The grain geometry is based on CAD software that has the capability of handling parametric modeling. Grain is modeled in parts to provide ease and ensure lesser chances of surface creation failure. A simple variable input is sufficient to create the geometry. CAD software is linked to MATLAB via Visual Basic. MATLAB sends variable array to CAD software enabling automatic creation of the grain geometry. CAD software evaluates the geometrical properties and sends to MATLAB for further calculations. Fig.1 presents the flowchart of the design process.

Fig.2 shows a detailed description of the grain modeling. The following steps explain the construction of grain configuration:

(1) Front and rear opening radii for chamber case, motor length, ellipsoid ratio, and diameter are the input parameters required to create the grain external boundary (see Fig.2(a)).

(2) To construct the bore, front-end web along with different dimensions are the input variables to be provided (see Fig.2(b)). The rear end can have large cylindrical cavity provision for nozzle submergence.

(3) The input requirements to create slot are slot thickness, web above slot and axial distance from certain references (see Figs.2(c) and (d)).

Fig. 1 Grain design process.

(ei Sharp edges treatment Fig.2 Grain modeling process.

(4) In case a slot is not required the slot web is increased to bore radius (see Figs.2(c) and (d)).

(5) Two configurations can be designed: front/ rear slot configuration (see Fig.2(c)) and twin slot at the rear end (see Fig.2(d)).

(6) Sharp corners are filleted to account for new surfaces that are created during burning as shown in Fig.2(e). Lines AB and BC are connected using CAD function "Connect", so that they remain connected during offsetting operation. Lines BC and CD are connected through a small fillet of radius 0.1 mm in the initial geometry. Offsetting process involves increasing the fillet radius by a value equal to web increment.

Table 1 lists a description of 24 independent design variables for complex grain geometry.

Table 1 Design variables for grain geometry

Variable Description

Li Grain length

Li Front end web

L3 Front cone length

L4 Rear cone length

L5 Rear cylinder length

Fi Motor front opening

Fi Grain radius

F3 Motor rear opening

F4 Grain front opening

F5 Bore radius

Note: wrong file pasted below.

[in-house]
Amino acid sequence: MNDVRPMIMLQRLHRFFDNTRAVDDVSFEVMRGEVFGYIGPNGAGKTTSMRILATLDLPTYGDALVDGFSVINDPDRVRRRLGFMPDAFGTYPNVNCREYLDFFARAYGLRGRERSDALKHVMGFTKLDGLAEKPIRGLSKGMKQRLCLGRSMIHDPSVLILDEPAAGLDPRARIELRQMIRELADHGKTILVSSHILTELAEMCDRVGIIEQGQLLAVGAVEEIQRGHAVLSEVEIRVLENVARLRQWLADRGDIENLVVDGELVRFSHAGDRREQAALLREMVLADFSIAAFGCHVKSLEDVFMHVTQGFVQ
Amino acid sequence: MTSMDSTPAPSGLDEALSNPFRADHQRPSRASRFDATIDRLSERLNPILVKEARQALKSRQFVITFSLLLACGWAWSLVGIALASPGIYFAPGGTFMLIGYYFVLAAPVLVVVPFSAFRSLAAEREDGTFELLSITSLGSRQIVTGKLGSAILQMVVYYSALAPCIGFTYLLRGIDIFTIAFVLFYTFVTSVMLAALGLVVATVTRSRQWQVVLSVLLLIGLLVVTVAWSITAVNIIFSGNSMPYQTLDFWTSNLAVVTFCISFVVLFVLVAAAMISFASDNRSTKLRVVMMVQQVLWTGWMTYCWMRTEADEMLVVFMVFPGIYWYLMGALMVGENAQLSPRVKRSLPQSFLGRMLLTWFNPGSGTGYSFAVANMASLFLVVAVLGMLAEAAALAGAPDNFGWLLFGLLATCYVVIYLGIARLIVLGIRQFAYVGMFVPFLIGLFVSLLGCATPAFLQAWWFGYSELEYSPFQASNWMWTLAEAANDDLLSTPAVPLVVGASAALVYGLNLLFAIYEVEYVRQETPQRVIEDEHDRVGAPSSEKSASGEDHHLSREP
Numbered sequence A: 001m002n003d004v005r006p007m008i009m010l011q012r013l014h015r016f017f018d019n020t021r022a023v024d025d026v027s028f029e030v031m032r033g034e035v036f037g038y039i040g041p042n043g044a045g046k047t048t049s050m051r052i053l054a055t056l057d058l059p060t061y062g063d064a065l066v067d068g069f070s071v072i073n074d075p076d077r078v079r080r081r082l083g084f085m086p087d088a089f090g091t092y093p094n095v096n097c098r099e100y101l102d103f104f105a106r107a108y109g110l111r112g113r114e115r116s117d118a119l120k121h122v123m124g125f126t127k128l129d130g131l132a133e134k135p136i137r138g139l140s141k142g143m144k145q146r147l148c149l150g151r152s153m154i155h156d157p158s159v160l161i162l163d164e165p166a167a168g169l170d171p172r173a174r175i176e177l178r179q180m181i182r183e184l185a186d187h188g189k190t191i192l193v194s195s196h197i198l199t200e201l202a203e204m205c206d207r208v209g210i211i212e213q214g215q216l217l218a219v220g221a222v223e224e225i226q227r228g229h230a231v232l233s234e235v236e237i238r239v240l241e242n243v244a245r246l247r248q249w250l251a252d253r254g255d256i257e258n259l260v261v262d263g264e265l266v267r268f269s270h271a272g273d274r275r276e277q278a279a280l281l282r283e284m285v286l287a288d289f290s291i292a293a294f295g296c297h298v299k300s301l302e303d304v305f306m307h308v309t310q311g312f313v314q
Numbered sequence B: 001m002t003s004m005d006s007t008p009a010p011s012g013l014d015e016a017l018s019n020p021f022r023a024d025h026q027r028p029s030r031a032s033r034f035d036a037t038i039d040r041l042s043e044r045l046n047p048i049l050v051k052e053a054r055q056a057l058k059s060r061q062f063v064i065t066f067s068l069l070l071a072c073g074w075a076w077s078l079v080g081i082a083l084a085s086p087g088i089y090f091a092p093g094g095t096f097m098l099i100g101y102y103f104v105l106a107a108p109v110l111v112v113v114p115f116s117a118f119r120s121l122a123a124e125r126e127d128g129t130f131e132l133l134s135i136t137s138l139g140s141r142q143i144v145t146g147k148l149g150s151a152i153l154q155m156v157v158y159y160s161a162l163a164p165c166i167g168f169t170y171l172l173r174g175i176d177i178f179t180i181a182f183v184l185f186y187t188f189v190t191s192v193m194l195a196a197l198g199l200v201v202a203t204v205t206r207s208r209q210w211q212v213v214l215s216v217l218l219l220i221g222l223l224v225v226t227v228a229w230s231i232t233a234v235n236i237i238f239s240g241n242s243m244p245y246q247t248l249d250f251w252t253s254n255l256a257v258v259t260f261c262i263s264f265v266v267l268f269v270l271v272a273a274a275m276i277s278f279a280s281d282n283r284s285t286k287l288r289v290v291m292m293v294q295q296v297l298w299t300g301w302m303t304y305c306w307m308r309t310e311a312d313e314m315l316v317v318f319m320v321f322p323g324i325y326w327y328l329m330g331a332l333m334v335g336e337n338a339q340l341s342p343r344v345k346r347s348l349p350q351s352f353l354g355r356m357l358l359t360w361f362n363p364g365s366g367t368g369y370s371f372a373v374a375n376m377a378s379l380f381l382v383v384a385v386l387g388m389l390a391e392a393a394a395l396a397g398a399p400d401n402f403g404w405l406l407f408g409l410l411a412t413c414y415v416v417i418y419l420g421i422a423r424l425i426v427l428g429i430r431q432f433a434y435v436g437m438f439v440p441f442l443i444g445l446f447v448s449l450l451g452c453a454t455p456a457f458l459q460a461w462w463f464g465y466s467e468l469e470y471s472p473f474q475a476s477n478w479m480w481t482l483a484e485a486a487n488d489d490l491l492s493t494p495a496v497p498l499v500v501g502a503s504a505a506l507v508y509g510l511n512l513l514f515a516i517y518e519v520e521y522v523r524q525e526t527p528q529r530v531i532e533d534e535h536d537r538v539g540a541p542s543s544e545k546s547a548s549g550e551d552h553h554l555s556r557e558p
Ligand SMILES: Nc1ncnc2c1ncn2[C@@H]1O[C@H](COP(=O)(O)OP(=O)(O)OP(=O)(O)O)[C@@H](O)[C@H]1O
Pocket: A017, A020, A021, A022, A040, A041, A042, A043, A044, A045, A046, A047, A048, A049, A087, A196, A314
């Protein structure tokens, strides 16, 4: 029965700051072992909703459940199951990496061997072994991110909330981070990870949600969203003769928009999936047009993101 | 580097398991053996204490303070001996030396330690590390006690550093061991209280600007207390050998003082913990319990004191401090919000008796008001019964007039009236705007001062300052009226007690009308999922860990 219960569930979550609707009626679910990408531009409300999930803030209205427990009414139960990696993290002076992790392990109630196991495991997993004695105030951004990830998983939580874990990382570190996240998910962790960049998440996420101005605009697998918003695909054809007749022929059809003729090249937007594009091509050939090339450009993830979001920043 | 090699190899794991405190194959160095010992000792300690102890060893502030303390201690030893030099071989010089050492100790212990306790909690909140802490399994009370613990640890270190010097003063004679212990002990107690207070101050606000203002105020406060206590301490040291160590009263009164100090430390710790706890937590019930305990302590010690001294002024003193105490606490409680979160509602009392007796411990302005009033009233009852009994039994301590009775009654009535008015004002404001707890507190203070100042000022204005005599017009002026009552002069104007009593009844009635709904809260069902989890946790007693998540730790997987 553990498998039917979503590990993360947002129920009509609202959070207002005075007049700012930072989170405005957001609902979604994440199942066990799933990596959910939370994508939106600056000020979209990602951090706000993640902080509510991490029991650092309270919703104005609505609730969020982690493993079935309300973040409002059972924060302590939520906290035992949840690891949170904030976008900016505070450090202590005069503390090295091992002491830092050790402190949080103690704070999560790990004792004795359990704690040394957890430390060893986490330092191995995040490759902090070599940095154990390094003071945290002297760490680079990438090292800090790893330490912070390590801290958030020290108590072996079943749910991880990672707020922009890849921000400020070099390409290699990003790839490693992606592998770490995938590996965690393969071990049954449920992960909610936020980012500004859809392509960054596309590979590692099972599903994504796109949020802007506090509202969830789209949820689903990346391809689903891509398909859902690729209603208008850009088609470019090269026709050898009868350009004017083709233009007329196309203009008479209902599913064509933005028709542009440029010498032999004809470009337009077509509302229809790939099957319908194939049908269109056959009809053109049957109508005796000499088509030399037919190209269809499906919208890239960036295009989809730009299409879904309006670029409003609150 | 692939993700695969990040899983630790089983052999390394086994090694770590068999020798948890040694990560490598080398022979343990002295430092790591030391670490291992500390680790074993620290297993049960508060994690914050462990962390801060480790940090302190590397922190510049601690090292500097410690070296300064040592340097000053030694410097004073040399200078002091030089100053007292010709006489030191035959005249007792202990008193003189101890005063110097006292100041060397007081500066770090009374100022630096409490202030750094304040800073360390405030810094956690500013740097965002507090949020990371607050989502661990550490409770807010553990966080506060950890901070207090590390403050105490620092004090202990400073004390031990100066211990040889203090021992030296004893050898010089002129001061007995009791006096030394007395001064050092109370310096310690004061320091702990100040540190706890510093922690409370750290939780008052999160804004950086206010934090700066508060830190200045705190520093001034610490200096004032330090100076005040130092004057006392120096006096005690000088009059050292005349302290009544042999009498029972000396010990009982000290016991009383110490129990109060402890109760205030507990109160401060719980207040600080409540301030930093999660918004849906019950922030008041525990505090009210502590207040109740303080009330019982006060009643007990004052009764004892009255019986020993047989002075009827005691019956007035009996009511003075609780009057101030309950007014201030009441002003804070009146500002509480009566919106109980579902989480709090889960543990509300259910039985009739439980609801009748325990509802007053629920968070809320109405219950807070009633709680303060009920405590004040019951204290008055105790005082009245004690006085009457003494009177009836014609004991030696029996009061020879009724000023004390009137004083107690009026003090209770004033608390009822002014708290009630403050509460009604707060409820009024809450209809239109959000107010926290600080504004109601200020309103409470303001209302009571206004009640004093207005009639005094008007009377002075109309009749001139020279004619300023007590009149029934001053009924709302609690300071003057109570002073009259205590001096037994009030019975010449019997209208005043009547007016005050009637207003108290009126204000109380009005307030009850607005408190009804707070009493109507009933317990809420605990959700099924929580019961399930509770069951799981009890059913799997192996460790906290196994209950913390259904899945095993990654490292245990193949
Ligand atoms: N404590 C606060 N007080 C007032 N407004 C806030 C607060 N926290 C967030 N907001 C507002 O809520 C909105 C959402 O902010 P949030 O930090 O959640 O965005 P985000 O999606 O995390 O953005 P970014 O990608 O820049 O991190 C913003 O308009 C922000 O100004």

F6 Rear cylinder radius

STi Front slot width

STi Rear slot width

SDi Front slot distance

sd2 Rear slot distance

SWi Front slot web

SWi Rear slot web

SRi Slot width 1

sr2 Slot width 2

SRDi Slot distance 1

SRDi Slot distance 2

SRWi Slot web 1

SRWi Slot web 2

mi,2 Ellipsoid ratio

CAD software performs the following steps for constructing the parametric geometric model after defining the variables for grain configuration:

(1) Grain boundary is solid and constructed by revolve protrusion with no burning surface.

(2) Grain bore is constructed by revolve surface and all surfaces burning.

(3) Boolean function is used to subtract the solid within grain bore.

(4) Similar operation is performed for radial slots and all surfaces burning.

(5) Surface offset function available in CAD software is used to simulate burning, by offsetting the surface by a web increment equal and orthogonal in all directions.

(6) Boolean function is used at each web increment to subtract the solid within grain bore and slots to calculate new volume.

(7) Offsetting and boolean operations are repeated

till the web is completely burnt.

Model verification is performed by calculating star grain burning area with the present method and analytical method. Star grain analytical expressions are adopted from Ref.[13]. Fig.3 shows the comparison of burning area between the two methods. Modeling presented in this article shows excellent performance compared with analytical method.

Fig.3 Burning area comparison for model verification.

The grain regression is achieved by equal web increment in all directions. The selection of web increment is critical to grain regression. At each step new grain geometry is created automatically thereafter volume at each web increment is calculated. A decreasing trend is obtained for volume of the grain.

Burning surface area is calculated by

Vk+1 -Vk

wk+ -wk

where k is the web step, V the volume of propellant, and w the web. Propellant mass is calculated by

mp = PpVk (2)

where pp is the propellant density.

3. Performance Prediction and Optimization Model

The SRM performance is calculated using simplified ballistic model. Steady state chamber pressure pc is calculated by equating mass generated in chamber to mass ejected through nozzle throat [14-16].

Pc = (PpaC K)

1/(1-n )

where K=Ab/At, At is the area of throat, a the burn rate coefficient, n the pressure sensitivity index, and c* the characteristic velocity.

Thrust is determined by

F = CFPc At (4)

Thrust coefficient is given by

Y-1U + 1

(Y+1)/(Y-1)

' pamb

/ \(Y-1)/Y

where y is the specific heat ratio, pe nozzle exit pressure, pamb ambient pressure and s nozzle area ratio.

Requirements have been given for fixed length and outer diameter of the grain while remaining within constraints of burning time, propellant mass and nozzle parameters. Maximization of average thrust Fav,max(X) is the design objective, where X is given as

X = f (F1, f2, f3, f4, f5, f6,st1,st2,sd1, sd2, SW1,SW2, Lj, l2, l3, l4, l5,sr1,sr2,srw1,

SRW2,SRD1,SRD2) subject to constraints

Cj ( X ) < 0

Bound for all variables is provided for efficient search in design space:

f Lower bound = min(X,. ) [Upper bound = max(X. )

(i = 1,2, —,23)

4. Optimization Method

GA can handle both discrete and continuous variables, making them well suited to major design problems. GA is capable of examining historical data from previous design and attempts to look for patterns in the input parameters which produce favorable output. GA uses neither sensitivity derivatives nor a reasonable starting solution and yet proves to be a powerful optimization tool.